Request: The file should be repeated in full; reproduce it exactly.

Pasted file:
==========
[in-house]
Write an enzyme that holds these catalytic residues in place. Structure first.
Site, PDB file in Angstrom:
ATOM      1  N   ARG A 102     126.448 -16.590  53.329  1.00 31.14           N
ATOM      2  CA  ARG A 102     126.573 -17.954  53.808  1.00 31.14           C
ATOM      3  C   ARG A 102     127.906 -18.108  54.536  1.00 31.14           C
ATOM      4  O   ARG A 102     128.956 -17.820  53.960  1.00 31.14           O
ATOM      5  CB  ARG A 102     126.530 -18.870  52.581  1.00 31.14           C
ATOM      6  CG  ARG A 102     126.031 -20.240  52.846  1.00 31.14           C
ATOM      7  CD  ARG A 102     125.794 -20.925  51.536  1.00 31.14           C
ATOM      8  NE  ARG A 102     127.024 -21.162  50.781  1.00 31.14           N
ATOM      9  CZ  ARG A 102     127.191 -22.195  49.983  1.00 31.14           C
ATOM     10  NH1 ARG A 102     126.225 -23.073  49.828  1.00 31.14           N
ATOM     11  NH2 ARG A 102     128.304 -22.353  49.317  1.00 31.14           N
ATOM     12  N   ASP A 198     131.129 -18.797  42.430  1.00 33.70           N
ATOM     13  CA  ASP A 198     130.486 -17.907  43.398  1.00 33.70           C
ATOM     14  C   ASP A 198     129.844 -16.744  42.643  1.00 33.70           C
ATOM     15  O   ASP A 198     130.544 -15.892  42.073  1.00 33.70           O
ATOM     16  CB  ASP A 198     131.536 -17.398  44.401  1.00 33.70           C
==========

[in-house]
Write an enzyme that holds these catalytic residues in place. Structure first.
Site, PDB file in Angstrom:
ATOM      1  N   ARG A 102     126.448 -16.590  53.329  1.00 31.14           N
ATOM      2  CA  ARG A 102     126.573 -17.954  53.808  1.00 31.14           C
ATOM      3  C   ARG A 102     127.906 -18.108  54.536  1.00 31.14           C
ATOM      4  O   ARG A 102     128.956 -17.820  53.960  1.00 31.14           O
ATOM      5  CB  ARG A 102     126.530 -18.870  52.581  1.00 31.14           C
ATOM      6  CG  ARG A 102     126.031 -20.240  52.846  1.00 31.14           C
ATOM      7  CD  ARG A 102     125.794 -20.925  51.536  1.00 31.14           C
ATOM      8  NE  ARG A 102     127.024 -21.162  50.781  1.00 31.14           N
ATOM      9  CZ  ARG A 102     127.191 -22.195  49.983  1.00 31.14           C
ATOM     10  NH1 ARG A 102     126.225 -23.073  49.828  1.00 31.14           N
ATOM     11  NH2 ARG A 102     128.304 -22.353  49.317  1.00 31.14           N
ATOM     12  N   ASP A 198     131.129 -18.797  42.430  1.00 33.70           N
ATOM     13  CA  ASP A 198     130.486 -17.907  43.398  1.00 33.70           C
ATOM     14  C   ASP A 198     129.844 -16.744  42.643  1.00 33.70           C
ATOM     15  O   ASP A 198     130.544 -15.892  42.073  1.00 33.70           O
ATOM     16  CB  ASP A 198     131.536 -17.398  44.401  1.00 33.70           C